Most fitness devices simply measure movement through the day and night with an accelerometer. They crunch data collected through algorithms and give you feedback about your lifestyle.
The to-be-released Reign by Jaybird LLC “promises to disrupt the athletic wearables market,” the company touts, because of new ways to measure and interpret your body’s biometrics.
It has a “heart rate variability” monitor that measures the time between heart beats to the millisecond. It also “learns” about you — your sleep patterns, heart rhythms and daily routine — to predict when is the best time for you to work out and with how much intensity.
This may be the biggest differentiator about the Reign. Using lots of data (explained below), the Reign will give you a “go score,” which basically means it’ll tell you, quantitatively, how you feel and if your body is ready for a hard workout or just a gentle jog.
The “sleep” screen also gives advice, telling you how many hours you should sleep the coming night after learning about your habits and how they affect your heart interval.
I traveled to Salt Lake City this week to visit Jaybird’s headquarters and see the Reign for myself. I sat down with sports scientist Ben Wisbey, who walked me through the functions and helped me fit one to my arm.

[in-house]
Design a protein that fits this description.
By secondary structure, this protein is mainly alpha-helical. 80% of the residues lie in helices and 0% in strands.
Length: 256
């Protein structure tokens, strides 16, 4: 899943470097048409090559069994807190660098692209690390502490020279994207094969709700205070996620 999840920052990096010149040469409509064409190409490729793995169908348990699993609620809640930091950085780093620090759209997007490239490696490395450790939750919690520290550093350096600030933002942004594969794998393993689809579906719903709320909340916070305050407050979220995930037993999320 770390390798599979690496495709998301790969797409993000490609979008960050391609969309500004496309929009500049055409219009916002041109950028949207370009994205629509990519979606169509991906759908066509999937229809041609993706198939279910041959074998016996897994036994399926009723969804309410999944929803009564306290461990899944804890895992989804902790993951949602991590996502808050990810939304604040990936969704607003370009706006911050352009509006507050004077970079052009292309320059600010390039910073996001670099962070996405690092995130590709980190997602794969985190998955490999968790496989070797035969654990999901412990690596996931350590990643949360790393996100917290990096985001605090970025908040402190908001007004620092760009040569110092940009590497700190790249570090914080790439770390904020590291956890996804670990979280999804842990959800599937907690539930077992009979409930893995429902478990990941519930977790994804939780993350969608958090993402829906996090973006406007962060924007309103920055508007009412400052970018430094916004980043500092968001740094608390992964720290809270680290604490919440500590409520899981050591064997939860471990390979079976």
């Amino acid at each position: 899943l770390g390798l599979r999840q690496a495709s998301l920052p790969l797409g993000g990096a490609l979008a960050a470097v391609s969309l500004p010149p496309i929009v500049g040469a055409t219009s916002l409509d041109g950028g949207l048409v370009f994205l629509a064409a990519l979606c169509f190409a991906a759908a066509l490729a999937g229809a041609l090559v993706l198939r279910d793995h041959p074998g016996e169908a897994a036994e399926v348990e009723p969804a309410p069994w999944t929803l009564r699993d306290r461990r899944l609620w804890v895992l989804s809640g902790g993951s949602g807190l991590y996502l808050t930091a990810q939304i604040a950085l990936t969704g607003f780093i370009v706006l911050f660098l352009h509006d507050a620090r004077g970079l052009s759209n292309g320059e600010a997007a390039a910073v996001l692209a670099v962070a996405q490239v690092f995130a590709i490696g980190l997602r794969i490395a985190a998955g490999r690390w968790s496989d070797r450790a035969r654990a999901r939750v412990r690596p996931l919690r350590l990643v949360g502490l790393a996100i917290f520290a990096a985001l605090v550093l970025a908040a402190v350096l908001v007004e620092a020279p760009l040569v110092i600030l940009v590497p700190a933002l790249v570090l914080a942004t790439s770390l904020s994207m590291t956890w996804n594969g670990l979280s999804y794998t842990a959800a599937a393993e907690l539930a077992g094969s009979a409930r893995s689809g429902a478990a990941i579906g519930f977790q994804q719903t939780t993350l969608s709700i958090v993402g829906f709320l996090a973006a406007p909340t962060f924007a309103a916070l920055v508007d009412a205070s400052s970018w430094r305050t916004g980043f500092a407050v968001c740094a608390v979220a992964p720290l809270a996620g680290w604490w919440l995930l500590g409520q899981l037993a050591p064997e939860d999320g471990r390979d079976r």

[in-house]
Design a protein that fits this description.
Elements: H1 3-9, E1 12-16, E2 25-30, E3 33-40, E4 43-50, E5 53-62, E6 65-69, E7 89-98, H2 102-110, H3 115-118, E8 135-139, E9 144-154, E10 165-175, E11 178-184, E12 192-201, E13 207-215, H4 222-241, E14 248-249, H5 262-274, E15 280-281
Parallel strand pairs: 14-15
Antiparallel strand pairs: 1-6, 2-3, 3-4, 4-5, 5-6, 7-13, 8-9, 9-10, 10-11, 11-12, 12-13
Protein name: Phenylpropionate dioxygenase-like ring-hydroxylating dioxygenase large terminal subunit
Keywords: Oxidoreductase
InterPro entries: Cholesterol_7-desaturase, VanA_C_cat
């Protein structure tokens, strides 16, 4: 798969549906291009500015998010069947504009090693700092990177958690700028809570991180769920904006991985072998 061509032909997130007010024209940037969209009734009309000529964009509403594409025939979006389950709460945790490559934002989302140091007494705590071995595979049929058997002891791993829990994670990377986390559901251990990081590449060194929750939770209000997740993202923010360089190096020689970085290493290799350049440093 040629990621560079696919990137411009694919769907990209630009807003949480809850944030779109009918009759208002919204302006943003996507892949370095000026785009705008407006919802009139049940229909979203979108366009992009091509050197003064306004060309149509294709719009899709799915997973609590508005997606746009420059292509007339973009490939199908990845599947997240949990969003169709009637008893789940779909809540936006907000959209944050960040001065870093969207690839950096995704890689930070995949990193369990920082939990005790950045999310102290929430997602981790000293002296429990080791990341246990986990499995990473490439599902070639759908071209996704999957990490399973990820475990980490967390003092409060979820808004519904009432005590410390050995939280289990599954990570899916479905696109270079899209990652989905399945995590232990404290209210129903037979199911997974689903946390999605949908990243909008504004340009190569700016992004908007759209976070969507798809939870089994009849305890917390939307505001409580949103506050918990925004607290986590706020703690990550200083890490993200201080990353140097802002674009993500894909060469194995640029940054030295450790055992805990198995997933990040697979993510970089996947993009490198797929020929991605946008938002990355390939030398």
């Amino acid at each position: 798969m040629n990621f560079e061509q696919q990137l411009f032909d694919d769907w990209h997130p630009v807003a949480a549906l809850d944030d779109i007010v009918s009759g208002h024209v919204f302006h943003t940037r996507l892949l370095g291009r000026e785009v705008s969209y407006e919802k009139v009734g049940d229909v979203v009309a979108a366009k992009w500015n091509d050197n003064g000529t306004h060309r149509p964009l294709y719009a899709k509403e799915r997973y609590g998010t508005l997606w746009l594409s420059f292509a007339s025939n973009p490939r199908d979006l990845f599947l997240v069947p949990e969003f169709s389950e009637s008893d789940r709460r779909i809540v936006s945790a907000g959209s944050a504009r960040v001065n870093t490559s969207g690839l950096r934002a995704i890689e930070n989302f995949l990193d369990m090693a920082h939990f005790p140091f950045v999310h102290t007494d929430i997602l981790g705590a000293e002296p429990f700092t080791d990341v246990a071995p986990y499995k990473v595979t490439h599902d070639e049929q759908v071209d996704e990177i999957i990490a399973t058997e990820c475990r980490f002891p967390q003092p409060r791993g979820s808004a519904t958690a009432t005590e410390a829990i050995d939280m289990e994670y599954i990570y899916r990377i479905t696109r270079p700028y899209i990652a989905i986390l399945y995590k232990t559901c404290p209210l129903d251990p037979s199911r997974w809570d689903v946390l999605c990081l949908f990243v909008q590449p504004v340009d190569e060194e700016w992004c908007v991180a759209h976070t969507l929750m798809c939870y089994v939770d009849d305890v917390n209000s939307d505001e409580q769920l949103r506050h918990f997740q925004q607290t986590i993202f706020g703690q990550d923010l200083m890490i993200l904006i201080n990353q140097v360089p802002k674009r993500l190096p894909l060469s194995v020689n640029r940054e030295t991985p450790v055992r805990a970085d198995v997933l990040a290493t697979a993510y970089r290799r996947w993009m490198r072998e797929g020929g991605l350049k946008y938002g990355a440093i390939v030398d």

The Reign is a soft silicone band. It looks simple, either black or white with a silver strip along the center. Two magnetic clasps secure it around your wrist.
A removable “pod” sits inside the band. This is the brain of the device, which can be removed to attach to an included “sport” band (no clasps, just stretchy silicone) or a leg band used for cycling.
You wear the Reign all the time, day and night. Upon waking, you place your finger on the metal strip on the top of the device for two minutes while it measures your heart interval. Using the information it gains during these two minutes, the Reign tells you how hard to work out that day.
A note on the “heart rate variability” measurement. This is different than simply heart rate. While heart rate gives you a number of beats per minute, the Reign measures the variability in the amount of time between beats. More variability is good, Wisbey said, and it means you are healthy and ready to train — basically that the heart responds quickly to external stimulus like a smooth revving engine.
Reign gives all feedback through its Bluetooth link with your cell phone and an app. The app provides information about what you’ve done (Activity and Sport) how you’ve slept (Sleep) and what you should do (Go Zone).
Interestingly, the company claims it can tell what sport you’re doing (swimming, running, surfing, climbing) just by the motion it detects with the accelerometer.
I got to try the band in Utah. Unfortunately, the app won’t be available for testing for another week, so it will be a few days before I can speak to the band’s effectiveness and accuracy.
However, if it lives up to the company’s promises of telling you not just what you’ve done, but what you should do next, the Reign could be one of the more useful bands on the market.
Reign will retail for $200 when it hits the market on Oct. 26, so it is on the high end price range of activity trackers. I’ll be testing the app and other functions as soon as the beta becomes available. Stay tuned!